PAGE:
Rob Fishman, who helmed the development of, says he views the service as an icebreaker, not as a crystal ball capable of divining whether or not someone is your one true love. "We aren't saying you will want to spend your life together; you don't even know each other yet," he said. "You like the same band, talk amongst yourselves."

Continue reading "Matching algorithms" »

December 26, 2011

Optimizing resume for keyword scanners

It's more than just single keywords that make you stand out from the crowd:

After all, a lot of other people are making sure that their resumes mimic the words mentioned in job descriptions as well. Instead, Lifehacker suggests that many companies now look for semantic matches, which are related terms like CPA, accounting, audits, and SEC to ensure that your resume represents real-world, useful, and related experience rather than just being stuffed with keywords. For an example of how this works, check out's Power Resume Search Test Drive.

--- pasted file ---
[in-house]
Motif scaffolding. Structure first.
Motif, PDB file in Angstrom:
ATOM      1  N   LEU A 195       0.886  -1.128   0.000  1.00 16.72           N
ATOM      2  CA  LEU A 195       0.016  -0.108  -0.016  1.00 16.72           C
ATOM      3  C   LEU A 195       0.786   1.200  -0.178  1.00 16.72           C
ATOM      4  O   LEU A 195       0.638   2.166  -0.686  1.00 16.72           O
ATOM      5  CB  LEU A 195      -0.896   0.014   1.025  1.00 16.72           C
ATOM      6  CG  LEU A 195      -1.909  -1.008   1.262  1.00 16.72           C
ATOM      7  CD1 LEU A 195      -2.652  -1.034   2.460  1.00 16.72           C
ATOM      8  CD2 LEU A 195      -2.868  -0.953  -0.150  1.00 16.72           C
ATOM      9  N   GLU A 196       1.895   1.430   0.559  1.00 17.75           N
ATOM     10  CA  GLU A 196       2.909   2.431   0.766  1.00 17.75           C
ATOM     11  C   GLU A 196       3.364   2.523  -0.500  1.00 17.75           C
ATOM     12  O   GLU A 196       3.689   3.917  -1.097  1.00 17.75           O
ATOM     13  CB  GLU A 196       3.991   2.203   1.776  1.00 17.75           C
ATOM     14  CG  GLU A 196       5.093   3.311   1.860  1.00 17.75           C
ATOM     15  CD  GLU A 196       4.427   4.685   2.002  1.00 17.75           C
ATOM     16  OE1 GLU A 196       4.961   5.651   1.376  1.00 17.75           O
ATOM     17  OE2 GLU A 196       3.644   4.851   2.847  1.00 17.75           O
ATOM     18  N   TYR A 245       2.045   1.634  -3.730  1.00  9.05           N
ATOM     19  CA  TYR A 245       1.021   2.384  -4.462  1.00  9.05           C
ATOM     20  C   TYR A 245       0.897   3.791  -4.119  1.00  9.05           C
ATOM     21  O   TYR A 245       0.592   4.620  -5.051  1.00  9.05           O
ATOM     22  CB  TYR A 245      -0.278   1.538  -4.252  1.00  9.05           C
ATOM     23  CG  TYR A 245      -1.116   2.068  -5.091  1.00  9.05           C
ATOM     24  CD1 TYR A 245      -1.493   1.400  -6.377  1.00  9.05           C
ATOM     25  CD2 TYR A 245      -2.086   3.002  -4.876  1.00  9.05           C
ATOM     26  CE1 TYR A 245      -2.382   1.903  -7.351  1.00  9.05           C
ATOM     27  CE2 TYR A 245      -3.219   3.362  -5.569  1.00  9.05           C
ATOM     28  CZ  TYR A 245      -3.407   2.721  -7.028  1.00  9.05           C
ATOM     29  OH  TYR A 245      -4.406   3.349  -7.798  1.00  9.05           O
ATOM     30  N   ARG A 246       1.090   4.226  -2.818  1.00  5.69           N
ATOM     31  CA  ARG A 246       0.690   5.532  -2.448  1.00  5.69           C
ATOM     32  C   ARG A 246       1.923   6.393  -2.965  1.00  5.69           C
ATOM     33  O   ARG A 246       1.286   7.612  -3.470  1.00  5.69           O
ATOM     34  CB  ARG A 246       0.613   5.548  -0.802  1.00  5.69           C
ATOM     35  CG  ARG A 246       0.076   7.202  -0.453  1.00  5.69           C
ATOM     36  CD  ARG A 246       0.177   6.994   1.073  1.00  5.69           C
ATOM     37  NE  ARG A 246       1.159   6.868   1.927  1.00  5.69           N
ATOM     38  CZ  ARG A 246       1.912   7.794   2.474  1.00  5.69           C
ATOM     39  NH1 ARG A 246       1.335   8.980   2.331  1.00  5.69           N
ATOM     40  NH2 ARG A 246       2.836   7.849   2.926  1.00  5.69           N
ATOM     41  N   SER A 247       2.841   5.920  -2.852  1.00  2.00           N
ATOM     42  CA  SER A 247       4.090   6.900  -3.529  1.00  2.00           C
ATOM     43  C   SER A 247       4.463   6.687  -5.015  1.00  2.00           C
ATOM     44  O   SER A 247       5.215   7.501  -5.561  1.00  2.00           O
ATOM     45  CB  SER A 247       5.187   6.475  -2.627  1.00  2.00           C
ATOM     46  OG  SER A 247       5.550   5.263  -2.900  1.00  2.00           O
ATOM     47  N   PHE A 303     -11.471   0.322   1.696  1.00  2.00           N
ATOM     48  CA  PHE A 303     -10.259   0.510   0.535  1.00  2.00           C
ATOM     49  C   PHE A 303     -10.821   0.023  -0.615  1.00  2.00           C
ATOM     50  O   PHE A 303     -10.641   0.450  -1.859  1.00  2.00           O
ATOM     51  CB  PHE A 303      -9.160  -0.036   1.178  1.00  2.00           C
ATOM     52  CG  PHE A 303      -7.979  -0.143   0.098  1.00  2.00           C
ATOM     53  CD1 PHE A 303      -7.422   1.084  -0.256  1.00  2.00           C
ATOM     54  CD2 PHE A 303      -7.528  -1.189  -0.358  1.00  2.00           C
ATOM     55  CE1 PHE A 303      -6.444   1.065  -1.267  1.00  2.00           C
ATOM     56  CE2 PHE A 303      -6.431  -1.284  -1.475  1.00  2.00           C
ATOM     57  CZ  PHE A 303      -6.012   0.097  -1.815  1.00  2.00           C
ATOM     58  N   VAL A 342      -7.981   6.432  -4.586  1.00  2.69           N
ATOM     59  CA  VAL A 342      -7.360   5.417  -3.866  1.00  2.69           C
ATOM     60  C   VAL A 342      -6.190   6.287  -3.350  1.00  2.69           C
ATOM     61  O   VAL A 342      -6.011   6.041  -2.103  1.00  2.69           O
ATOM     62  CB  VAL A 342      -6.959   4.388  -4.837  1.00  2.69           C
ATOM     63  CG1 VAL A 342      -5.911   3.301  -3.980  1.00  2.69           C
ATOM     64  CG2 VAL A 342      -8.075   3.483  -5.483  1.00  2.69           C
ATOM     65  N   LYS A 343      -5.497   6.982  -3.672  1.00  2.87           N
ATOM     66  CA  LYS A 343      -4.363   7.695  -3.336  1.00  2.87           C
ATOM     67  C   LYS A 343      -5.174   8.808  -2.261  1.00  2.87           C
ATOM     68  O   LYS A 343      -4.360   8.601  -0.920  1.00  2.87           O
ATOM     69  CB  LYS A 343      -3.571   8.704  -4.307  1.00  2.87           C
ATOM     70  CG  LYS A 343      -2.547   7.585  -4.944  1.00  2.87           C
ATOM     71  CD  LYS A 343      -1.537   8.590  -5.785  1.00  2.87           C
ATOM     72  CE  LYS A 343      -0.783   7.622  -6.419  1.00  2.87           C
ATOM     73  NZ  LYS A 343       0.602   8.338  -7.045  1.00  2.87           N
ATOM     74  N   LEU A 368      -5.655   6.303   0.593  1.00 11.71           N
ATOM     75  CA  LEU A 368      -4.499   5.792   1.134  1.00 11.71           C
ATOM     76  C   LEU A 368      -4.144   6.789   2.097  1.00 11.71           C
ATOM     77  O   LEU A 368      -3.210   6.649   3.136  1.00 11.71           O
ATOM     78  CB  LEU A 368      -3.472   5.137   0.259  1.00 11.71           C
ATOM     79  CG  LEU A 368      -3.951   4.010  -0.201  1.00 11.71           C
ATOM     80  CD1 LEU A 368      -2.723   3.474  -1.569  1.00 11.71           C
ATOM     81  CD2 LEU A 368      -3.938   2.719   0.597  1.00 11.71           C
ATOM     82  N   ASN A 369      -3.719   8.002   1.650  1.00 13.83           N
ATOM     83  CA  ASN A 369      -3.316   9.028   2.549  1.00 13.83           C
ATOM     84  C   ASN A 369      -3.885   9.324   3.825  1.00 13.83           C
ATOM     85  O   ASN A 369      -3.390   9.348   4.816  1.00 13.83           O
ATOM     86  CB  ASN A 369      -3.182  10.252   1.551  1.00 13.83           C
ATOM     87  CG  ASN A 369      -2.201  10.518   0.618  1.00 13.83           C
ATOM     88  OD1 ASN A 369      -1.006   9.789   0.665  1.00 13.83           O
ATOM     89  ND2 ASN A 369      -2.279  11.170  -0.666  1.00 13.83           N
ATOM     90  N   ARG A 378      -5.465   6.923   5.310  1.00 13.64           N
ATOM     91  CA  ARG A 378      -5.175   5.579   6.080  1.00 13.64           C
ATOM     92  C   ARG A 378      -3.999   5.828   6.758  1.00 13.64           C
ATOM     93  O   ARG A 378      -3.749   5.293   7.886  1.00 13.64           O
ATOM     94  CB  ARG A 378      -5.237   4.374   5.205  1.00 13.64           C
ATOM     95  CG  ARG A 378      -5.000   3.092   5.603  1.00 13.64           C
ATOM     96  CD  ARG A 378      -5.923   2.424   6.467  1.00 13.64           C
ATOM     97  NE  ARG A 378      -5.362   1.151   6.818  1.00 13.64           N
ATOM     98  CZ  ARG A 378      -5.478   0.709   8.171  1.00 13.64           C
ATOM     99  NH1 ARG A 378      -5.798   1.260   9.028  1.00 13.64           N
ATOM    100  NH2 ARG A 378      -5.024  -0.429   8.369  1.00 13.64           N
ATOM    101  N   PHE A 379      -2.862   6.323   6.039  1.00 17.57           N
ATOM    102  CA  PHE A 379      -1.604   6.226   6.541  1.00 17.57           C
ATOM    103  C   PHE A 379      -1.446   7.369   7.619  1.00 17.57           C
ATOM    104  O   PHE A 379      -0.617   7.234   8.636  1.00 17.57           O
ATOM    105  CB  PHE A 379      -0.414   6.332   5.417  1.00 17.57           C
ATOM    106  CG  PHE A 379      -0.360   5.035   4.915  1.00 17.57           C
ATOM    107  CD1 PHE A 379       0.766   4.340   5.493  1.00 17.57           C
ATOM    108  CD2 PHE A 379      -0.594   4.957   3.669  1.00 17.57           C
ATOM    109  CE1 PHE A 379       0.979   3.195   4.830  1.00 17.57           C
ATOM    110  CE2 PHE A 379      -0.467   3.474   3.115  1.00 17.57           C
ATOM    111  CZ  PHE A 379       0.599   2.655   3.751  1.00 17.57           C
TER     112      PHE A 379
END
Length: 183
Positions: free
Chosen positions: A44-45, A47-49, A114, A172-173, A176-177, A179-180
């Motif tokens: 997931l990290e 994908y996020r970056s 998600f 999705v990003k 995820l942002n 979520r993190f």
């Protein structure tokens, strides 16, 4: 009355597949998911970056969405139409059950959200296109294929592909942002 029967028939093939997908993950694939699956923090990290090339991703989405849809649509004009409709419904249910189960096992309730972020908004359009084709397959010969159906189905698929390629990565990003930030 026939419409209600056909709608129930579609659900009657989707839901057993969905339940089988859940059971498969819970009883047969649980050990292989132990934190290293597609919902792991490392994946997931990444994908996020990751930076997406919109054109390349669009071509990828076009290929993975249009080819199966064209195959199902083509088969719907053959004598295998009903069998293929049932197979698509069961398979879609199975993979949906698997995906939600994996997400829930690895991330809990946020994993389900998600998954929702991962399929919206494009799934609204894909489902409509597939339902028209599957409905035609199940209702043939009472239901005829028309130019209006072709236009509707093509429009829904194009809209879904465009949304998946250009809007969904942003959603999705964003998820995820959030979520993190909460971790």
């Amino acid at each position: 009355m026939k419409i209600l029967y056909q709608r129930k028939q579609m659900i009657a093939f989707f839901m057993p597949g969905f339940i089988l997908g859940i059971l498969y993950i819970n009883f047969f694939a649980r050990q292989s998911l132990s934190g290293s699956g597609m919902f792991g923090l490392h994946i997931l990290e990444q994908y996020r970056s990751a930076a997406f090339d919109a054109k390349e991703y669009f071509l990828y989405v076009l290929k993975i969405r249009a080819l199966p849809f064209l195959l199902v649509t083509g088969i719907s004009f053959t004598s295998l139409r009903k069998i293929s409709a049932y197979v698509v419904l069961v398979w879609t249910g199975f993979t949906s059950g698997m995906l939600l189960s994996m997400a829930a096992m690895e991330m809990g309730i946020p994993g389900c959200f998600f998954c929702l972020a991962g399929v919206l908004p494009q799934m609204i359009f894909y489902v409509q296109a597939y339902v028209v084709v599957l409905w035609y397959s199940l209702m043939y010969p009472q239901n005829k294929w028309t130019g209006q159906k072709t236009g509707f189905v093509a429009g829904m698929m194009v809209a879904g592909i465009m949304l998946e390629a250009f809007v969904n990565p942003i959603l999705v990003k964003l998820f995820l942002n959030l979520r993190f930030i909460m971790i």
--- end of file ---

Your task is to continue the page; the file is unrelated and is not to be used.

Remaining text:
-- CBS

October 10, 2011

Akka, Redis, Riak, Git, Chef, and Scala are tools of today

Skills and Tools

We're pragmatists. We have no religion about development process, programming languages, version control, text editors, SQL vs NoSQL, etc. We use the right tool for the job, and we try to stay adaptable and open-minded. We care deeply about building a mutually supportive atmosphere, and you should, too.

We don't expect everyone we hire to be an expert in everything we do on their first day. We do expect that you want to learn, grow, and be challenged by the people you work with. You should be able to learn new things on your own, quickly.